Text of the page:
Abstract: In collaboration with Justin Begley (Helsinki), I am working on a transcript of Margaret Cavendish’s family book of medical recipes (often called ‘receipts’). This previously unpublished manuscript (MS Pw V 90, located at the University of Nottingham, UK) is a fascinating and rare document, written by a number of hands (including Margaret’s), and which provides some unique insights into Cavendish’s thought.
In this talk, I describe the contents of the MS, placing it in its proper context, namely, recent historiography on food, medicine, and cooking in early modern England. I focus, in particular, on how this work differs from most other recipe collections, both manuscript and printed, in, e.g., its exclusive medical focus and its inclusion of doctor’s reports. I then discuss how to interpret this work within the larger context of Cavendish’s natural philosophy, noting that we must be careful in how we interpret it, since it is not exclusively her writing, though there is evidence she was the one who compiled and organized it. With this proviso, I argue that this MS places some pressure on the received view of Cavendish’s conception of experience and experiment, seemingly undermining her anti-experimentalism and penchant for speculation. When this MS is read along with Cavendish’s extensive, if scattered and disorganized, discussions of medicine and food, however, we can resolve these apparent tensions by carefully attending to the various roles that empirical experience plays in Cavendish’s thought. Taken together with recent historiography on non-traditional aspects of the Scientific Revolution (women, kitchens, cooking, etc), this work can help us define some of the novel ways that experience was thought about in these various alternative contexts.
I conclude with some thoughts on our historical accounts of experience by scholars such as Steven Shapin and Peter Dear. I argue that these accounts, while not untrue, also do not exhaust the ways in which these ideas were understood in early modern England. Our accounts of experience and experiment are thus in need of revision and expansion so as to adequately account for the complex ways in which these ideas were used by various thinkers beyond thecanonical philosophers andscientists of early modernity.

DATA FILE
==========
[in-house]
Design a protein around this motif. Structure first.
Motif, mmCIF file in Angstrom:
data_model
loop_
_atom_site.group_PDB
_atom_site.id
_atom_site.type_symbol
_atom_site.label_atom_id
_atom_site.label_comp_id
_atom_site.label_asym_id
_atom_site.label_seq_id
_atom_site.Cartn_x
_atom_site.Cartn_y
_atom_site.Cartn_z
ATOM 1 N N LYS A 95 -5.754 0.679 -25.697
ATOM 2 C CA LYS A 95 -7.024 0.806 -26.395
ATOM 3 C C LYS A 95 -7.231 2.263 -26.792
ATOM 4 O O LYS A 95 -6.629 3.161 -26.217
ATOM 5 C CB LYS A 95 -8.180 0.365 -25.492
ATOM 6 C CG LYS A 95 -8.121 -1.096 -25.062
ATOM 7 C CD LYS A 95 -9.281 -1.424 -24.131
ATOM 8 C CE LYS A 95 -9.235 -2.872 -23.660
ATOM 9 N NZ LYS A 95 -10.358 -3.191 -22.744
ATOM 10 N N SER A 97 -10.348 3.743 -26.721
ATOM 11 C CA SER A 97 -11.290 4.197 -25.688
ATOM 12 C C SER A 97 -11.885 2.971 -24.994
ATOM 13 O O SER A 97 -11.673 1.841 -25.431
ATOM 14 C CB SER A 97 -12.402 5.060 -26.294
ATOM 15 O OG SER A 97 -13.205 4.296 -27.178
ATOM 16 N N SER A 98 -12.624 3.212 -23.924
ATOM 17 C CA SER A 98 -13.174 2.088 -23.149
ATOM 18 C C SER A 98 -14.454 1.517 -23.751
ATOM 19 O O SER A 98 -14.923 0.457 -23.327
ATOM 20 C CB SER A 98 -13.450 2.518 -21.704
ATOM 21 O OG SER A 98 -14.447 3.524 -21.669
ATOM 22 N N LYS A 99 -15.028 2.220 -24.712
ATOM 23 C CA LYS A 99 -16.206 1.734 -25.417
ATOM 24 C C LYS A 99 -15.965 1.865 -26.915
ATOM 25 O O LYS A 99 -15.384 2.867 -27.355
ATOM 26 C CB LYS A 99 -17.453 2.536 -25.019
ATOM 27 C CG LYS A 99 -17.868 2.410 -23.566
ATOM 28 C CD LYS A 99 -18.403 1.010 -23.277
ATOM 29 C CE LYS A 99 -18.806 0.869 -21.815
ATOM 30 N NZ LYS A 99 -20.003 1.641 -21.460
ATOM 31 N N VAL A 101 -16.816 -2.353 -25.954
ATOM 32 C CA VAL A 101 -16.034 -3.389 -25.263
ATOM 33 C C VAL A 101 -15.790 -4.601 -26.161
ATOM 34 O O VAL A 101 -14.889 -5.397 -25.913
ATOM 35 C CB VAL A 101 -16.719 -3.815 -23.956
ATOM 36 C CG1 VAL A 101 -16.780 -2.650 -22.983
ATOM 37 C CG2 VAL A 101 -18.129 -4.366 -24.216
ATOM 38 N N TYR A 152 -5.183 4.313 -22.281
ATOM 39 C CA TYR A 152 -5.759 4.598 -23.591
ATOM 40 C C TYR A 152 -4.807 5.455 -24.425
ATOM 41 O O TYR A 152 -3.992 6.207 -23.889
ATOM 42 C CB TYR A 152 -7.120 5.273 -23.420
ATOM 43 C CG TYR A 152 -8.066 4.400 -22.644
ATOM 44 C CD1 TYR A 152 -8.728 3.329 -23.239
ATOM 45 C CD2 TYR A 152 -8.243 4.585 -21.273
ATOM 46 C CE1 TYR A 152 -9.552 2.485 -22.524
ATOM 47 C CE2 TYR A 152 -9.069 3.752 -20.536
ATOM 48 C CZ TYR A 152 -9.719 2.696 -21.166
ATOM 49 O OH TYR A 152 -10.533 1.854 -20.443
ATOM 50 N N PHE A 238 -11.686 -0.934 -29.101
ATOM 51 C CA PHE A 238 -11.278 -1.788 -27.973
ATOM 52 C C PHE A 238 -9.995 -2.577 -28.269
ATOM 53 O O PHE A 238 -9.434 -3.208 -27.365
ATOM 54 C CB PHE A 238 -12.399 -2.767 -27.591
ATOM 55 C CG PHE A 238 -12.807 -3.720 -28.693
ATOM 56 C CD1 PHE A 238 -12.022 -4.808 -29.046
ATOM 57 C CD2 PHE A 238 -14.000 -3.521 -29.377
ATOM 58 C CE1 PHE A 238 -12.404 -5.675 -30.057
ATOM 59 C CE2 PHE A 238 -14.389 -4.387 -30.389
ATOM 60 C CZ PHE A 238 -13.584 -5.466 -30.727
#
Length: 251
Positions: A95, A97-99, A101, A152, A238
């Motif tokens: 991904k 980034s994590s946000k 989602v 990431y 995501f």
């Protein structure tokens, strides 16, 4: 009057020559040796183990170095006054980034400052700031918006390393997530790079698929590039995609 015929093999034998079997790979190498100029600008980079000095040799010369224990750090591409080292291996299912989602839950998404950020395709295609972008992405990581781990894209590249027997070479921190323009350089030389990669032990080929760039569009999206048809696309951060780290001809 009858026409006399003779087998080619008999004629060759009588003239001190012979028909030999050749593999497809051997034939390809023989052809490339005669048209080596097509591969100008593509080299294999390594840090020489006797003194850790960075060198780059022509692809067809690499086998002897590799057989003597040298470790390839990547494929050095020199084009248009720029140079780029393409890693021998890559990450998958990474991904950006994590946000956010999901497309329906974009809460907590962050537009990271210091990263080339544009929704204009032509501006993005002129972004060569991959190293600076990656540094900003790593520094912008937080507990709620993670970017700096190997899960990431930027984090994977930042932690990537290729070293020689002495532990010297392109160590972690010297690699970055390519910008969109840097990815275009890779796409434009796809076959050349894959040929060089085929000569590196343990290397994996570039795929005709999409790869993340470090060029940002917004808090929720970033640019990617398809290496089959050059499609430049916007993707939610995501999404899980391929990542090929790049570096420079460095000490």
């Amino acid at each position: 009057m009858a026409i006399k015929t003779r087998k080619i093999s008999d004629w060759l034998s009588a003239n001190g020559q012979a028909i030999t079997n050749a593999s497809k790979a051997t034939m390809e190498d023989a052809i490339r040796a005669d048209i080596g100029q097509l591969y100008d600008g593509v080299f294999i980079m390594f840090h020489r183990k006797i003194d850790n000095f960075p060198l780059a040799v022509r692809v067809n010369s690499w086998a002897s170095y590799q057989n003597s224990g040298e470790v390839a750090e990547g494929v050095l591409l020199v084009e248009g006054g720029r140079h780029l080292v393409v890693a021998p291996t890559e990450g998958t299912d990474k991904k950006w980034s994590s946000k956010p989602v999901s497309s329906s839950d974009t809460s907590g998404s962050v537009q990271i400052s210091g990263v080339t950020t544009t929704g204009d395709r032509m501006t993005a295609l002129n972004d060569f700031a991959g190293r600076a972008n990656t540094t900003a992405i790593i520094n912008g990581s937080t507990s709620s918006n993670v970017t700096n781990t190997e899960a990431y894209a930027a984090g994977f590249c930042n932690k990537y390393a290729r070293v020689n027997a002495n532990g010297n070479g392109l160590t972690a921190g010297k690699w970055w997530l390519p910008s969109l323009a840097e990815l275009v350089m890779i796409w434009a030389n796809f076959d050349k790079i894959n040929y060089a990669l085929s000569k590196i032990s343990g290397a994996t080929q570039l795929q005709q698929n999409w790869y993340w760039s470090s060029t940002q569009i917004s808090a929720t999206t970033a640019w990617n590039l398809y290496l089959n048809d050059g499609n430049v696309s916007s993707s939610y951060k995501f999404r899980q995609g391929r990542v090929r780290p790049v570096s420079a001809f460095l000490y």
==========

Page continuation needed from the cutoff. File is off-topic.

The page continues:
Elisabeth Lloyd
History and Philosophy of Science and Medicine, Indiana University
Abstract: Climate scientists sometimes analyze “extreme events,” like storms, floods, or droughts, and try to determine whether such extreme events were partially caused by climate change or not. The standard method for doing this analysis is called the “risk-based” method. It carries the risk of underestimating the role of global climate change in extreme events and missing connections that are really there; this practice thus underestimate society’s risk of socially-significant damages, to both physical and psychological well-being. A new, “storyline,” method has recently been proposed and proved controversial. It is meant to be applied when the conditions needed for the risk-based method are lacking. The storyline method is like an autopsy: it gives an account of the causes of the extreme event—the flood or storm—and can indicate whether climate change was one of these causes. It carries the risk of false alarms, or of overstating the role of climate change, a risk that we contend has rarely been actualized.
Proponents of each account are concerned about different risks. On my analysis with Naomi Oreskes, the two approaches are complementary, and the resistance to the storyline approach to evaluating extreme events and climate change has arisen from undue conservatism and an under-appreciation of how much scientific methods can and do change over time. We advocate more discussion of the societal risks of extreme events; the choice of method should depend on which risk is more worrisome in the case at hand.

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Colloquia Information

Unless otherwise indicated, the lectures are held on Fridays, in conjunction with the Colloquium in Studies of Science and Technology, at 3:35 PM in Room 275 Nicholson Hall.

If you would like to be notified by email of upcoming Center colloquia, please email your request to mcps@umn.edu